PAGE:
PhD Position : Are phytohormones key regulators of root microbiome of poplar trees ?”

The successful applicant will work within the frame of a joint project Plant-Microbe Interface ( between INRA-Nancy-Lorraine and US-DOE-Oak-Ridge National Laboratory (ORNL). The PMI project is directed towards understandingthe dynamic interface that exists between plants, microbes and their environment, using Populus as a model tree and its microbial consortia. The main goals of this joint project are: 1) to define the progression of molecular events that leads to selective, mutualistic plant-microbe partnerships and determine the general applicability of these mechanisms across the spectrum of potential microbiome members;  2) to identify and evaluate the components of the chemical environment that structure the community and 3) to understand the response of the community to biotic and abiotic stresses.

The specific objectives of the thesis are (i) to analyze the respective role of the signaling pathways of major phytohormones (SA, JA, GA, ethylene) in the regulation of root microbiome using poplar as a model system, (ii) to measure the functional consequences of microbiome alteration by these hormonal signaling pathways in terms of nutrition and stress response of poplar. Poplar is an interesting model for several reasons: first, it has an important place in the French forest economy and secondly, its roots are colonized by fungi with distinct functional capacities: (mycorrhizas and endophytes) Finally, it is the only temperate tree that can be genetically manipulated to test hypotheses. In this case, we will investigate whether poplar phytohormones have a structuring role in the composition of root microbial communities.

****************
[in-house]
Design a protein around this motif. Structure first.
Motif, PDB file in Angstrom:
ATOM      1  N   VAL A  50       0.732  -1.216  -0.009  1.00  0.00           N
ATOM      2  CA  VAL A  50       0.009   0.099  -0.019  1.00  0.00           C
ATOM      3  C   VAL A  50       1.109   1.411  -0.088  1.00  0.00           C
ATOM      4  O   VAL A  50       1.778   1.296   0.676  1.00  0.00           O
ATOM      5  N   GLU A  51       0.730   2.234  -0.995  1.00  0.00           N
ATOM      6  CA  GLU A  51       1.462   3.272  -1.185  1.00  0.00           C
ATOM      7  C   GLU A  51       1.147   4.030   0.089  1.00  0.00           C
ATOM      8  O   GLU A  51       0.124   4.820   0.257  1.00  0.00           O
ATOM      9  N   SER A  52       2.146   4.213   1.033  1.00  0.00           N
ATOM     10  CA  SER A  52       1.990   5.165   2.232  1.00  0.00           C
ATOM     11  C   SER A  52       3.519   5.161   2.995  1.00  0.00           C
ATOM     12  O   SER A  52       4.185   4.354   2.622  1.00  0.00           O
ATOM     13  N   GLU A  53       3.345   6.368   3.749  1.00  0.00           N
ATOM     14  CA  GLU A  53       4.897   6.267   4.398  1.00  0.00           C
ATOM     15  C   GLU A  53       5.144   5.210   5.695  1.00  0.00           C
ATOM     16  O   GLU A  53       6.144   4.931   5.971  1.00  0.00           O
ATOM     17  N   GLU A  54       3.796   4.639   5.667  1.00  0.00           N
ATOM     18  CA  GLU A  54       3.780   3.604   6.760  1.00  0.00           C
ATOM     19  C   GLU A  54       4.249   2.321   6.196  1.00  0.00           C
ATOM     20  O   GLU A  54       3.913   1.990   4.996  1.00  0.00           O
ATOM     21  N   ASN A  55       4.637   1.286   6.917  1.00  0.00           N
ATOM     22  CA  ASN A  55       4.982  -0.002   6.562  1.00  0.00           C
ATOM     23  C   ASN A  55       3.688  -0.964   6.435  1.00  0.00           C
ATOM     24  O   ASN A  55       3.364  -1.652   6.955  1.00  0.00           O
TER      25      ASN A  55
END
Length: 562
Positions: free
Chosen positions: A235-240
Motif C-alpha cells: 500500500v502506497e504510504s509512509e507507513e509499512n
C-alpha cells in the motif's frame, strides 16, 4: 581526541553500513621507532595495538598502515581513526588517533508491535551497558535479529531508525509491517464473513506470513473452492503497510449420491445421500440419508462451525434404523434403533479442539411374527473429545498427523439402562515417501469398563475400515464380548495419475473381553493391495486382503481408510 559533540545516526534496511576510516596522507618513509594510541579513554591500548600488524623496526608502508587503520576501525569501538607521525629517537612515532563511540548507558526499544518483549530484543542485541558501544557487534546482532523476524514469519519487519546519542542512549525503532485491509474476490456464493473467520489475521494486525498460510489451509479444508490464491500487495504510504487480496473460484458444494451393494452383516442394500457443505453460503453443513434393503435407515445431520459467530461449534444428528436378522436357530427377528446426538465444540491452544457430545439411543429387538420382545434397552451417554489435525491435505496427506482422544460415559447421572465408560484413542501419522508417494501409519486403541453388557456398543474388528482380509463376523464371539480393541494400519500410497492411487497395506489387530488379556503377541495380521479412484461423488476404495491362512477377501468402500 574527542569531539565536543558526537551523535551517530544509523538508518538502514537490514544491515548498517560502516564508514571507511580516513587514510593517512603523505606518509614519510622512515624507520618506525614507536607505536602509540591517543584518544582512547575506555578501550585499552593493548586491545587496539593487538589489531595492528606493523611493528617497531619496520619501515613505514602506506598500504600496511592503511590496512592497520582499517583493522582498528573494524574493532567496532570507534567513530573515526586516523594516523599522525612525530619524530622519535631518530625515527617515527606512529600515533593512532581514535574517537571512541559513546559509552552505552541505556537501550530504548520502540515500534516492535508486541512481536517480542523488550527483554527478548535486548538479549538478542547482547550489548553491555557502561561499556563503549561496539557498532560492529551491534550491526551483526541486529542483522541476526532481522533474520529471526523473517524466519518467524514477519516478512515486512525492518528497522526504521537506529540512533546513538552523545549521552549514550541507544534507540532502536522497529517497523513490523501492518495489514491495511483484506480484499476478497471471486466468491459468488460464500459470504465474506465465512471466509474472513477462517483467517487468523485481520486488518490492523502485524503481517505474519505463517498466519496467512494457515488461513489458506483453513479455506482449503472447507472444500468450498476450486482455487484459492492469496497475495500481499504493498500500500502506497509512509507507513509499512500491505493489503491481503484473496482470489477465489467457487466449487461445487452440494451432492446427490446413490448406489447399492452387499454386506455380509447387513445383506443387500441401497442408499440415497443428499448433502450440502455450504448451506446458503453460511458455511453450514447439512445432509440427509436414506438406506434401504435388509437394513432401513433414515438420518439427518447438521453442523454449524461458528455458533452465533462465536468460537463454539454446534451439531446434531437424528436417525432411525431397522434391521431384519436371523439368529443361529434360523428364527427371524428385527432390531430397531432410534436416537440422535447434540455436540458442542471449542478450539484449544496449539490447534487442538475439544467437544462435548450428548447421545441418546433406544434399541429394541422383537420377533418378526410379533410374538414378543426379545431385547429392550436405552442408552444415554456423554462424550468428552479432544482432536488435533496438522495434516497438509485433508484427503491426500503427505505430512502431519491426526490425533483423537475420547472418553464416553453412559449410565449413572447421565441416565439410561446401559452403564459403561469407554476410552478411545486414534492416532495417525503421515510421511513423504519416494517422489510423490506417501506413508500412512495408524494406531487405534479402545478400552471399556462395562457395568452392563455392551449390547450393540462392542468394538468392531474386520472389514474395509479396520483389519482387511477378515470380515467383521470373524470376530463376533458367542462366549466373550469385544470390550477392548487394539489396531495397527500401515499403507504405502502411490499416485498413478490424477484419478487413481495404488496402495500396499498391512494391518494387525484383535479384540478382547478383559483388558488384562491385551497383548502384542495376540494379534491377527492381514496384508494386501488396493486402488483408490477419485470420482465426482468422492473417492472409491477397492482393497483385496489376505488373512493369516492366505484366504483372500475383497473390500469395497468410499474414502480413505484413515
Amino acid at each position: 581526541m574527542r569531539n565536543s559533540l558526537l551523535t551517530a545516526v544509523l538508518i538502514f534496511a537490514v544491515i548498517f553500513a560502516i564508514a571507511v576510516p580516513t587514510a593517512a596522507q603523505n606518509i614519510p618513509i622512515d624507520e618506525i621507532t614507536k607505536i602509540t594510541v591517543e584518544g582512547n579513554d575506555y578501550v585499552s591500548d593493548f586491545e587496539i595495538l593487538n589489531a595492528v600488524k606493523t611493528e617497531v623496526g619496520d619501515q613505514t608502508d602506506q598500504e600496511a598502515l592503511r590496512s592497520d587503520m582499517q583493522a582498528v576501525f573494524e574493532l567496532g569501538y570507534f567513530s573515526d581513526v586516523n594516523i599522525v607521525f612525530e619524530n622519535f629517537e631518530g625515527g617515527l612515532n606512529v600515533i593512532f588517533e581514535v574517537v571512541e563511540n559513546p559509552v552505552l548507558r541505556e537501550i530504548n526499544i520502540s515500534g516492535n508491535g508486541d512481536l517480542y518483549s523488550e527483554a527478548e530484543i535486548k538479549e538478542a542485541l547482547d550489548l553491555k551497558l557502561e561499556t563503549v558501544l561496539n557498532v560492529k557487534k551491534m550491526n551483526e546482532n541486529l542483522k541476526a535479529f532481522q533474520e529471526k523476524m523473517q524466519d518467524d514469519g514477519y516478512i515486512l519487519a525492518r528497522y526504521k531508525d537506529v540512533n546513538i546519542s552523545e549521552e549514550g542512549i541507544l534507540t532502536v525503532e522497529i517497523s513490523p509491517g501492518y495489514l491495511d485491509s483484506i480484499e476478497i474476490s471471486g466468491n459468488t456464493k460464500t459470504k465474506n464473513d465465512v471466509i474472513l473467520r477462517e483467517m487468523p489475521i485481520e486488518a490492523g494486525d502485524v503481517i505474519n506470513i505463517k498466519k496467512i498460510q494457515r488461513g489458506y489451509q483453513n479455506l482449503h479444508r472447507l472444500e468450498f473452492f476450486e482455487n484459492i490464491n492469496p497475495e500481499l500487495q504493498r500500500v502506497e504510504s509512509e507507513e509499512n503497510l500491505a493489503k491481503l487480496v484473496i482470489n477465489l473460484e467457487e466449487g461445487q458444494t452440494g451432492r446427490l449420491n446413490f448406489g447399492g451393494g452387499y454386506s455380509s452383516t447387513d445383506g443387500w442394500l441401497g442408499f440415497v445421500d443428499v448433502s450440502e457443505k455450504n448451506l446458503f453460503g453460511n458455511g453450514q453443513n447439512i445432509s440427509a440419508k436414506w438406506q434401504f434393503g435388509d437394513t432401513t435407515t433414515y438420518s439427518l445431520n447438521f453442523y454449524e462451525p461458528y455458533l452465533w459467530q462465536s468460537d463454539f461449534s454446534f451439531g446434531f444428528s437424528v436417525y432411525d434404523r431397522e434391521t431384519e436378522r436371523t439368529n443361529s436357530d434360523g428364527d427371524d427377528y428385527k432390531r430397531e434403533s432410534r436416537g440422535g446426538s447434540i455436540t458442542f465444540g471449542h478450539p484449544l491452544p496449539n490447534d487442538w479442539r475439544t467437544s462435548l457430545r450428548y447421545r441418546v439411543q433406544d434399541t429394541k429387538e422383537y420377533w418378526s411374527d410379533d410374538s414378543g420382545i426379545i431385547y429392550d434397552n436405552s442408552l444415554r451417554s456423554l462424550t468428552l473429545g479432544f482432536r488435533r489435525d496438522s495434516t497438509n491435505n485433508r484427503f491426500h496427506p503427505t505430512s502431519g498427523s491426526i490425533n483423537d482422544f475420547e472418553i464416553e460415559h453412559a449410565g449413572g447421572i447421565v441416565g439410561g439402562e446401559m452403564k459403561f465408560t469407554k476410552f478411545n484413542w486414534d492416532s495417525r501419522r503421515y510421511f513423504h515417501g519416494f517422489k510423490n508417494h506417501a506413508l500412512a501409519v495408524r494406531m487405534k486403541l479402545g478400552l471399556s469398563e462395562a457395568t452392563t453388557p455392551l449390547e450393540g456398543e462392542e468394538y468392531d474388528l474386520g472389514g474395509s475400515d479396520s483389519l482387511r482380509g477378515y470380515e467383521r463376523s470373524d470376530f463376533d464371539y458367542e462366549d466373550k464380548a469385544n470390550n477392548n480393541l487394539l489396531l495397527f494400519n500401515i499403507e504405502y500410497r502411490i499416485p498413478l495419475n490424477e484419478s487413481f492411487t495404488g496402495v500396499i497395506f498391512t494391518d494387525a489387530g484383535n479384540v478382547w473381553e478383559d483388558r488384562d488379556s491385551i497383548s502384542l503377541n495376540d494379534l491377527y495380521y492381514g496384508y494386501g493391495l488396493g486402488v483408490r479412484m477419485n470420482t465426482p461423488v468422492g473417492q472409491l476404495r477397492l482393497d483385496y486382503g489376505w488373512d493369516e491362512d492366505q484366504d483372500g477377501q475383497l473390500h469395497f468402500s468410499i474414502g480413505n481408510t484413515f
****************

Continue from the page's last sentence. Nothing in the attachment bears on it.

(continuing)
The main questions that the PhD Student will address are: Which roles do phytohormones play in the structuring of fungal and bacterial communities of poplar roots ? What are the functional consequences of root microbiome alterations? The following two hypotheses will be tested: (i) poplar phytohormones regulate the colonization of the root system by its microbiome; (ii) the modulation of the root microbiome and in particular the endophyte/mycorrhizal balance by phytohormones affects the poplar’s nutrition and resistance to stress.

more information : here


 Claire Veneault-Fourrey / Aurélie Deveau
 INRA Nancy / University of Lorraine
 /

Send Application before 2019 March 15th
If selected, date for interview: 2019 March 26th
If successful, starting date of PhD: 2019 May 1st